Twenty years ago today, Magic Johnson stepped to a podium — flashbulbs popping and tape recorders all around him — to announce that he would retire from the NBA after testing positive for HIV.
At his press conference, Johnson was composed and somehow maintained the charm and positive outlook that has made him one of the most respected and loved players of all time.
On that difficult day in 1991, Johnson made a conscious decision to become the face of HIV — a choice that has helped raise awareness worldwide and continues to resonate with the work of the Magic Johnson Foundation.
Johnson recounted his emotions from the day he was diagnosed on ESPN on Monday morning.
“You’re just floored, and you just don’t know what to do,” Johnson said. “And then you didn’t know what it meant to you, because at the time everybody assumed that having HIV was a death sentence.”
Death sentence. That was one of the most commonly associated phrases with HIV/AIDS in the early 1990s.
“All of us thought it was a death sentence,” said then-Lakers coach Pat Riley in a Sunday New York Times story by Harvey Araton.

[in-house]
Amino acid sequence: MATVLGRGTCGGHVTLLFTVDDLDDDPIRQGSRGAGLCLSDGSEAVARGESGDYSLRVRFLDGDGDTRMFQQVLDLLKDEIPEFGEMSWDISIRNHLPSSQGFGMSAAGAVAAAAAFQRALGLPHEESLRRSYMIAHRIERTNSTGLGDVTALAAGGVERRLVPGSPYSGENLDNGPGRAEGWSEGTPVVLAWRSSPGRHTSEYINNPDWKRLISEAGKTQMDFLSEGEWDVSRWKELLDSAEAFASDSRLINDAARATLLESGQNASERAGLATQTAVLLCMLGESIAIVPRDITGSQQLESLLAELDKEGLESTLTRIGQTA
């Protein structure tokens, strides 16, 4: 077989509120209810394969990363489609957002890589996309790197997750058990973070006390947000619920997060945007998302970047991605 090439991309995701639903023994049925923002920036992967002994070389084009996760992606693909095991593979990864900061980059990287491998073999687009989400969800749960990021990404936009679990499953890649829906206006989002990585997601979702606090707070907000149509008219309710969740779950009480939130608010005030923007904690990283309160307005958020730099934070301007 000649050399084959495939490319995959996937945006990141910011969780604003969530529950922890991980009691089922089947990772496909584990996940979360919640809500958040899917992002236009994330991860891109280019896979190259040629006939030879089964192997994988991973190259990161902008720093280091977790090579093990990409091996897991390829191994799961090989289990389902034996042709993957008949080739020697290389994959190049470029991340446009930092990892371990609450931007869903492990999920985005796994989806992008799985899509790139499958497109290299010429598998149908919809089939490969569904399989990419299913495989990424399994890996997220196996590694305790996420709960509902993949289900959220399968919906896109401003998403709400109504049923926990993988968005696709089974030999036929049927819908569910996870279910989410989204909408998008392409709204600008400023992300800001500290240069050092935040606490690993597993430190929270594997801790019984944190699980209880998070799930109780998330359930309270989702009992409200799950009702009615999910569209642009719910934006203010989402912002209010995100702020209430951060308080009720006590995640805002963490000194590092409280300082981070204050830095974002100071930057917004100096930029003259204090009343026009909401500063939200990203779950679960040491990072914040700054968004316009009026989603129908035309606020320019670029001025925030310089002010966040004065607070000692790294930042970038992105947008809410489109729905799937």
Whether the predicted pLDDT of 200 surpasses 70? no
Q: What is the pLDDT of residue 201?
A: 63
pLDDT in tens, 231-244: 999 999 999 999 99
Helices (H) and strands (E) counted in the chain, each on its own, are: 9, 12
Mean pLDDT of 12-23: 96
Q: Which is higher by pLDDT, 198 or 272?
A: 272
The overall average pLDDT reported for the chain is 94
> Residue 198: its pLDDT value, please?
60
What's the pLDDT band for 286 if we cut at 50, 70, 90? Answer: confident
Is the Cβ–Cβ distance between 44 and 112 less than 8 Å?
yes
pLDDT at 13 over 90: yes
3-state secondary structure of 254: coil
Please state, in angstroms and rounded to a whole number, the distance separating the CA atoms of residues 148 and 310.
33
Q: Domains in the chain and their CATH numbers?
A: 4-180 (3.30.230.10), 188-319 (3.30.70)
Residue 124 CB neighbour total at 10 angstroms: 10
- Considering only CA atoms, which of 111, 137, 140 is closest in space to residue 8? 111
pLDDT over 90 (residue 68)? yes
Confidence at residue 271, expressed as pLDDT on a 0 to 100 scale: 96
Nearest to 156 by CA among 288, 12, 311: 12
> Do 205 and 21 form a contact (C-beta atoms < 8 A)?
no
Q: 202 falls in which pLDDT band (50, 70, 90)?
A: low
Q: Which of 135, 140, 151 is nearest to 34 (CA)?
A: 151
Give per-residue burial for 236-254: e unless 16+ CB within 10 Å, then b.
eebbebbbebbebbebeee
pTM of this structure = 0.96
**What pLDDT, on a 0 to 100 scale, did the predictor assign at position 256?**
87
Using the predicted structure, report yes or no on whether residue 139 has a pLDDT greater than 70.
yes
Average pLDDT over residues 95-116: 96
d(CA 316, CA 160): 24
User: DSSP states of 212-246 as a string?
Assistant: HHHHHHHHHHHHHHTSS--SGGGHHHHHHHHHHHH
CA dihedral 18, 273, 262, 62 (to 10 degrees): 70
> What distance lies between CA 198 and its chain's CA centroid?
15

But Johnson never seemed to dwell in the dark uncertainty of his disease — at least publicly.
“I plan on going on living for a long time,” Johnson said at his 1991 press conference. “I guess now I get to enjoy some of the other sides of living.”
With the help of expensive drugs and treatments (that few others could ever afford) and that infectious spirit of determination, here’s Magic, 20 years later, still living his life to the fullest doing what he can to raise awareness for a disease that infects tens of millions of people around the world.
Where were you when Magic made his announcement? What were your thoughts on Johnson and HIV/AIDS that day and how have they changed?